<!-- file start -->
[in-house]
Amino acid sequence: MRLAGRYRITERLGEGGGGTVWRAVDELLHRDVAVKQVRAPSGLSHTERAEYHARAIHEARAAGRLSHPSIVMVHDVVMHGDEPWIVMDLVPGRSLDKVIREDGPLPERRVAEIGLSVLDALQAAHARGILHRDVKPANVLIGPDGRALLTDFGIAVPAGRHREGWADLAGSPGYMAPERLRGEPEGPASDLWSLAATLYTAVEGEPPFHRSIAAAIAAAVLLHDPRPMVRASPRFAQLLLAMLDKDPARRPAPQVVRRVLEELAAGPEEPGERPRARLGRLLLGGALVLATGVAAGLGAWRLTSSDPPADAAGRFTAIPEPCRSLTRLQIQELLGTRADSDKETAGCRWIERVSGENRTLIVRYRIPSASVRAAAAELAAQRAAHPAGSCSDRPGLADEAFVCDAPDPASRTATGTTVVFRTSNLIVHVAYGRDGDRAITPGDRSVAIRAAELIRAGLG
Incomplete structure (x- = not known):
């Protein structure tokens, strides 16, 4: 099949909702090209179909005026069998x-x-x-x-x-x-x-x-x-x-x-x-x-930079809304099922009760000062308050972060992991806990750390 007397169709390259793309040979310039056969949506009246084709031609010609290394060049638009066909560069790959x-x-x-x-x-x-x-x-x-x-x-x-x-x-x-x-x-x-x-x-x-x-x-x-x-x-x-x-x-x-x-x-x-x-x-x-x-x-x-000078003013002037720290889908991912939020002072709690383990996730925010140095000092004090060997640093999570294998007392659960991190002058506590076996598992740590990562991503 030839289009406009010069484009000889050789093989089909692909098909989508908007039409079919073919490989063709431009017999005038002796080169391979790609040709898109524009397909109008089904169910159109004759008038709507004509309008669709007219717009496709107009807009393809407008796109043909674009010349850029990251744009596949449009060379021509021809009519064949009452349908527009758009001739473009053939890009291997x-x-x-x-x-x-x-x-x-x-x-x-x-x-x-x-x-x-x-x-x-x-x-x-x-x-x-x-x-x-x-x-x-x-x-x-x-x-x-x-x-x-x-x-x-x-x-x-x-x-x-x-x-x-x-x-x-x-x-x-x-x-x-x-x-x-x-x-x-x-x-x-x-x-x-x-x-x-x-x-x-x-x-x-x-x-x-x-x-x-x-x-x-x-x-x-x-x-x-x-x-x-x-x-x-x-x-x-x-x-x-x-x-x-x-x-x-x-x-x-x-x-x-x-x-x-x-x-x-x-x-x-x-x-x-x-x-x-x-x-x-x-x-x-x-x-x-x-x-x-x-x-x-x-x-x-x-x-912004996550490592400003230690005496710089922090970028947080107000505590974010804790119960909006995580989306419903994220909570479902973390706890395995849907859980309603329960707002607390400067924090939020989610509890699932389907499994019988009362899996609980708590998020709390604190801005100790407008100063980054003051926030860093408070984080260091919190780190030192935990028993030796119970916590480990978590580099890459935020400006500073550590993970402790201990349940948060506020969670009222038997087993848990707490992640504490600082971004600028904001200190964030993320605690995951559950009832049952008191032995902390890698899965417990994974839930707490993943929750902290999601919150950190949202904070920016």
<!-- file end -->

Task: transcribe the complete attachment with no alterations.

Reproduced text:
[in-house]
Amino acid sequence: MRLAGRYRITERLGEGGGGTVWRAVDELLHRDVAVKQVRAPSGLSHTERAEYHARAIHEARAAGRLSHPSIVMVHDVVMHGDEPWIVMDLVPGRSLDKVIREDGPLPERRVAEIGLSVLDALQAAHARGILHRDVKPANVLIGPDGRALLTDFGIAVPAGRHREGWADLAGSPGYMAPERLRGEPEGPASDLWSLAATLYTAVEGEPPFHRSIAAAIAAAVLLHDPRPMVRASPRFAQLLLAMLDKDPARRPAPQVVRRVLEELAAGPEEPGERPRARLGRLLLGGALVLATGVAAGLGAWRLTSSDPPADAAGRFTAIPEPCRSLTRLQIQELLGTRADSDKETAGCRWIERVSGENRTLIVRYRIPSASVRAAAAELAAQRAAHPAGSCSDRPGLADEAFVCDAPDPASRTATGTTVVFRTSNLIVHVAYGRDGDRAITPGDRSVAIRAAELIRAGLG
Incomplete structure (x- = not known):
């Protein structure tokens, strides 16, 4: 099949909702090209179909005026069998x-x-x-x-x-x-x-x-x-x-x-x-x-930079809304099922009760000062308050972060992991806990750390 007397169709390259793309040979310039056969949506009246084709031609010609290394060049638009066909560069790959x-x-x-x-x-x-x-x-x-x-x-x-x-x-x-x-x-x-x-x-x-x-x-x-x-x-x-x-x-x-x-x-x-x-x-x-x-x-x-000078003013002037720290889908991912939020002072709690383990996730925010140095000092004090060997640093999570294998007392659960991190002058506590076996598992740590990562991503 030839289009406009010069484009000889050789093989089909692909098909989508908007039409079919073919490989063709431009017999005038002796080169391979790609040709898109524009397909109008089904169910159109004759008038709507004509309008669709007219717009496709107009807009393809407008796109043909674009010349850029990251744009596949449009060379021509021809009519064949009452349908527009758009001739473009053939890009291997x-x-x-x-x-x-x-x-x-x-x-x-x-x-x-x-x-x-x-x-x-x-x-x-x-x-x-x-x-x-x-x-x-x-x-x-x-x-x-x-x-x-x-x-x-x-x-x-x-x-x-x-x-x-x-x-x-x-x-x-x-x-x-x-x-x-x-x-x-x-x-x-x-x-x-x-x-x-x-x-x-x-x-x-x-x-x-x-x-x-x-x-x-x-x-x-x-x-x-x-x-x-x-x-x-x-x-x-x-x-x-x-x-x-x-x-x-x-x-x-x-x-x-x-x-x-x-x-x-x-x-x-x-x-x-x-x-x-x-x-x-x-x-x-x-x-x-x-x-x-x-x-x-x-x-x-x-x-912004996550490592400003230690005496710089922090970028947080107000505590974010804790119960909006995580989306419903994220909570479902973390706890395995849907859980309603329960707002607390400067924090939020989610509890699932389907499994019988009362899996609980708590998020709390604190801005100790407008100063980054003051926030860093408070984080260091919190780190030192935990028993030796119970916590480990978590580099890459935020400006500073550590993970402790201990349940948060506020969670009222038997087993848990707490992640504490600082971004600028904001200190964030993320605690995951559950009832049952008191032995902390890698899965417990994974839930707490993943929750902290999601919150950190949202904070920016």